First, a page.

An Apple a Day….

According to the Washington Post, apples have long been associated with a healthful diet. The fruit is low in calories and sodium, and high in fiber and Vitamin C.

But just how long ago did humans coin the adage “An apple a day keeps the doctor away”?

“It sounds as if it should be really old, but in fact the first recorded use is in the 1860s, when it is said to be an old saying from Pembrokeshire in Wales,” said Caroline Taggart, author of “An Apple a Day: Old-Fashioned Proverbs and Why They Still Work.”

The original phrase, Taggart said, was, ‘‘Eat an apple on going to bed, and you’ll keep the doctor from earning his bread.” In the 19th century and early 20th, the phrase evolved to “an apple a day, no doctor to pay” and “an apple a days sends the doctor away,” while the phrasing now commonly used was first recorded in 1922.

Although the term is fairly new, Taggart said, the concept is quite old. Ancient Romans and Anglo-Saxons, she said, knew about the healthful properties of apples. The fruit also pops up in traditional Ayurvedic medicine, dating back about 1,500 years in southern Asia.

In Panama we don’t eat apples as much as we should.  The reason behind this fact is that the fruit is too expensive, since apples are not original from Central America.  They are imported into our country mainly from the United States and Chile.

My wife buys about a pound of apples every two weeks—a quincena—because she enjoys the sweetness of the fruit.  I’m not particularly fond of apples; instead I prefer a papaya or a melon.  But I will say one good thing about the fruit in addition to its nutritional value—it’s a good-looking fruit.

Take a look at several pictures of red apples I shot last week using my P&S Canon PowerShot A720 IS in macro mode.  Enjoy.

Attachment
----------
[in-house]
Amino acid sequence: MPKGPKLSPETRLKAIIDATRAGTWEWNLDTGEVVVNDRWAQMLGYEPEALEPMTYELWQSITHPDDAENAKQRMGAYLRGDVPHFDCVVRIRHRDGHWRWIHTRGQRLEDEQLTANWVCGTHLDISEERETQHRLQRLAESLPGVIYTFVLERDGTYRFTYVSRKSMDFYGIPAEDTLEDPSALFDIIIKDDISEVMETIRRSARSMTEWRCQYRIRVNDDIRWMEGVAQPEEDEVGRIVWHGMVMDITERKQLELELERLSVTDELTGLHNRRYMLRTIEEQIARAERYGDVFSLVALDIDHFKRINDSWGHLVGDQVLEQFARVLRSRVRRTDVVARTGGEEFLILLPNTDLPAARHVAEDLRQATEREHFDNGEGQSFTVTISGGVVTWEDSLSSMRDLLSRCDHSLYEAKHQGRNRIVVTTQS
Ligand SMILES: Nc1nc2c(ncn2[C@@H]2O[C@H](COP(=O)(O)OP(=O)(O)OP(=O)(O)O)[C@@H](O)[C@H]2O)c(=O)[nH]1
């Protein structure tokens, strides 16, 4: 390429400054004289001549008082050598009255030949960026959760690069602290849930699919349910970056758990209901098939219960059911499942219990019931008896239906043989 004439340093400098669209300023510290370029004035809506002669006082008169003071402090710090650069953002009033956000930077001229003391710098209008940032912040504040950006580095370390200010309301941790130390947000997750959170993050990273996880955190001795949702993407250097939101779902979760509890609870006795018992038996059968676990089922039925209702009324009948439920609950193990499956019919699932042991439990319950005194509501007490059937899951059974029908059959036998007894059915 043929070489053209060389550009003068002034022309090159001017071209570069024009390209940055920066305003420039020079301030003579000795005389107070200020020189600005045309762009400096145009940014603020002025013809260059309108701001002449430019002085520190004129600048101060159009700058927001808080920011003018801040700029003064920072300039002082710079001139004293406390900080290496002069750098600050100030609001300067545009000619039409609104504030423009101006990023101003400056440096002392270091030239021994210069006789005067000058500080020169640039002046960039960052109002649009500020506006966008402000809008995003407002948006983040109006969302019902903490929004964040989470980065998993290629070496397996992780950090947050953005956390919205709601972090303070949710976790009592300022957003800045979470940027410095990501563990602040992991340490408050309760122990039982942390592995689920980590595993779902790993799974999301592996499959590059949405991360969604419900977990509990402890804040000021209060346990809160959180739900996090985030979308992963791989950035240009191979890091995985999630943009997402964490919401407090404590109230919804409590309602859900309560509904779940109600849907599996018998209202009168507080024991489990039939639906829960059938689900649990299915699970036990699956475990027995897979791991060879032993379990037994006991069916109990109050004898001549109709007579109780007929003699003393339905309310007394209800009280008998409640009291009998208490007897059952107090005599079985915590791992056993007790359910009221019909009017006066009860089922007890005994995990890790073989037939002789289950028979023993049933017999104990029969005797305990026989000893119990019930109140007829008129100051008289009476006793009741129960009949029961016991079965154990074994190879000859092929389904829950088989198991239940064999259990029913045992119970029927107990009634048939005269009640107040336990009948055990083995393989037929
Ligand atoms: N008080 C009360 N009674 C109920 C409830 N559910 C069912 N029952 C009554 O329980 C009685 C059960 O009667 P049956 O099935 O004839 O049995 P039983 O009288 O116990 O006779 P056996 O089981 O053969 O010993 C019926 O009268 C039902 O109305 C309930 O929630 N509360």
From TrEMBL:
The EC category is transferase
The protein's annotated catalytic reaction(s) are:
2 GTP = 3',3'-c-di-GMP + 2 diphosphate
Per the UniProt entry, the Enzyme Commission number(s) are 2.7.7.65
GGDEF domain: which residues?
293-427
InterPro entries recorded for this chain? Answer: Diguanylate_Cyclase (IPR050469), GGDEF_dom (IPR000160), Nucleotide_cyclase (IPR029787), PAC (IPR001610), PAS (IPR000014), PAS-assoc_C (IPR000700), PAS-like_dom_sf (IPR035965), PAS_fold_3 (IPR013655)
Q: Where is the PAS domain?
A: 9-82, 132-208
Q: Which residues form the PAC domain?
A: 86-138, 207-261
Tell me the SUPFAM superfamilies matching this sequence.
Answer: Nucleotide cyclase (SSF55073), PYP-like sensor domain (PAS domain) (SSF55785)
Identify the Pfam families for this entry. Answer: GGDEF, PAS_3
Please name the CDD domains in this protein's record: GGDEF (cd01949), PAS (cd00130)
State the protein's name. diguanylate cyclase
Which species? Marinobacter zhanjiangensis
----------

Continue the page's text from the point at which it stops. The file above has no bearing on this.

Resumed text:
An enticing composition of three red apples shot with a P&S Canon PowerShot A720 IS and a Neewer LED ring flash. Photo by ©Omar Upegui R.
Snapshot of a close-up picture of a red apple taken on our dining table with a Canon PowerShot A720 IS using its decent macro mode. I love this camera! Photo by ©Omar Upegui R.
Photo by ©Omar Upegui R.
Photo by ©Omar Upegui R.

In 2012, an Ohio State University study found that eating an apple a day helped significantly lover levels of bad cholesterol in middle-aged adults, and in 2011 a Dutch study found that eating apples and pears might help prevent strokes.

In conclusion, eat as many apples and pears as you can.  You might reach one hundred years or more.  “An apple a day keeps the doctor away.”  Good Day.

Source:  History Behind ‘An Apple a Day’ authored by Margaret Ely of The Washington Post


4 thoughts on “An Apple a Day….”

  1. Just had an apple ) I’ve been trying to eat one every day, especially before my workouts. Then I have a banana yogurt smoothie. Apples grow in my neighborhood so they are not expensive at all but I wish we had access to all the nice fruits you have. I currently have a mango that is waiting to be eaten, it was on sale for .50cents each. Great apple shots, Omar!

  2. Morning Barbara,

    Hmmm, I can see you really take care of your health. I like that. You are so lucky to have apples grow in your neighborhood; on the other hand, we have papayas and mangoes grow in our neighborhood. I guess we are both lucky to have fruits around to eat.

    Have a great day, my friend.


  3. One of the places I always stop in the Texas hill country town of Medina is Adams’ apple store. They not only sell apple trees and Texas-grown apples, they also have a bakery, where they produce pies, streudel, turnovers and such. They make apple butters and syrups — every sort of thing.

    I’ve just found a new variety I really like — it’s called “Envy.” Funny, that. You envy our apples, and I envy your tropical fruits!

  4. Yes Linda, that is true. We crave for apples, pears and grapes, and you guys crave for papayas, cantaloupes and mangoes. Funny, isn’t it?

    With all those apple products, you suddenly made me hungry. We love apple pie baked the traditional way. Yummy, yum, yum, yum.

    Take Care,


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